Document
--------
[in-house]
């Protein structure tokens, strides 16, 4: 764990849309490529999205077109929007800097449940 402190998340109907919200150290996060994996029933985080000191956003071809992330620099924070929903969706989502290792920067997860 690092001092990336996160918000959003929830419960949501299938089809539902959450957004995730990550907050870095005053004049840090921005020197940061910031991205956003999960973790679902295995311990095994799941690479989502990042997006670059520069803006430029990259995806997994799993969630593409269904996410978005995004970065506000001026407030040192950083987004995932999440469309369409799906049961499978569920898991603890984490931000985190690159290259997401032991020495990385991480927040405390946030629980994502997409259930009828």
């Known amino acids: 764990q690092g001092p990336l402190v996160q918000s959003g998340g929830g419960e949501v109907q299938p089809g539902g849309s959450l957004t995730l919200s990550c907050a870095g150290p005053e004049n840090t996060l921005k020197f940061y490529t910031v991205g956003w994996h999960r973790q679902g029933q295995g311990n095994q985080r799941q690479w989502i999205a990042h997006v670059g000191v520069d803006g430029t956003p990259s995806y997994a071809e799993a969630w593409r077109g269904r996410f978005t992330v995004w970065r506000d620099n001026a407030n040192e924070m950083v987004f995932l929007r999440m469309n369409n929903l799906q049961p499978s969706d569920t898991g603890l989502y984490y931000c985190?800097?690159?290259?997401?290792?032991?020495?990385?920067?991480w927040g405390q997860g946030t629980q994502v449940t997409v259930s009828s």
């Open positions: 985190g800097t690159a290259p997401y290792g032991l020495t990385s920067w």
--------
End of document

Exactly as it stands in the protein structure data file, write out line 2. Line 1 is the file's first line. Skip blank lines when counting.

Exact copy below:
């Protein structure tokens, strides 16, 4: 764990849309490529999205077109929007800097449940 402190998340109907919200150290996060994996029933985080000191956003071809992330620099924070929903969706989502290792920067997860 690092001092990336996160918000959003929830419960949501299938089809539902959450957004995730990550907050870095005053004049840090921005020197940061910031991205956003999960973790679902295995311990095994799941690479989502990042997006670059520069803006430029990259995806997994799993969630593409269904996410978005995004970065506000001026407030040192950083987004995932999440469309369409799906049961499978569920898991603890984490931000985190690159290259997401032991020495990385991480927040405390946030629980994502997409259930009828």